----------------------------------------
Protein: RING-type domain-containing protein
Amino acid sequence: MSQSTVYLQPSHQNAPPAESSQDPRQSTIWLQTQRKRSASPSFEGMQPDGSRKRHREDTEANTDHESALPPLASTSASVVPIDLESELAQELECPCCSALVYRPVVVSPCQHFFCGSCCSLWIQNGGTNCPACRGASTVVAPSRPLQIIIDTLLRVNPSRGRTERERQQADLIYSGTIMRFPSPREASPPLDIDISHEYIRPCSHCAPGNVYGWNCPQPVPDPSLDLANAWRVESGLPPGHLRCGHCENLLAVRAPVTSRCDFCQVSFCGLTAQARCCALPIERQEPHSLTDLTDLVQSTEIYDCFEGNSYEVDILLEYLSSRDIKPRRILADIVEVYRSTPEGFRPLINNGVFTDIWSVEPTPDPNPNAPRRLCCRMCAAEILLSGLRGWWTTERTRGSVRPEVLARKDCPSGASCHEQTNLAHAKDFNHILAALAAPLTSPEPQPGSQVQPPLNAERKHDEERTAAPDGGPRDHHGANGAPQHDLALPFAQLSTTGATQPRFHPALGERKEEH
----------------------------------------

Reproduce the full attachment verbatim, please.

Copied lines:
Protein: RING-type domain-containing protein
Amino acid sequence: MSQSTVYLQPSHQNAPPAESSQDPRQSTIWLQTQRKRSASPSFEGMQPDGSRKRHREDTEANTDHESALPPLASTSASVVPIDLESELAQELECPCCSALVYRPVVVSPCQHFFCGSCCSLWIQNGGTNCPACRGASTVVAPSRPLQIIIDTLLRVNPSRGRTERERQQADLIYSGTIMRFPSPREASPPLDIDISHEYIRPCSHCAPGNVYGWNCPQPVPDPSLDLANAWRVESGLPPGHLRCGHCENLLAVRAPVTSRCDFCQVSFCGLTAQARCCALPIERQEPHSLTDLTDLVQSTEIYDCFEGNSYEVDILLEYLSSRDIKPRRILADIVEVYRSTPEGFRPLINNGVFTDIWSVEPTPDPNPNAPRRLCCRMCAAEILLSGLRGWWTTERTRGSVRPEVLARKDCPSGASCHEQTNLAHAKDFNHILAALAAPLTSPEPQPGSQVQPPLNAERKHDEERTAAPDGGPRDHHGANGAPQHDLALPFAQLSTTGATQPRFHPALGERKEEH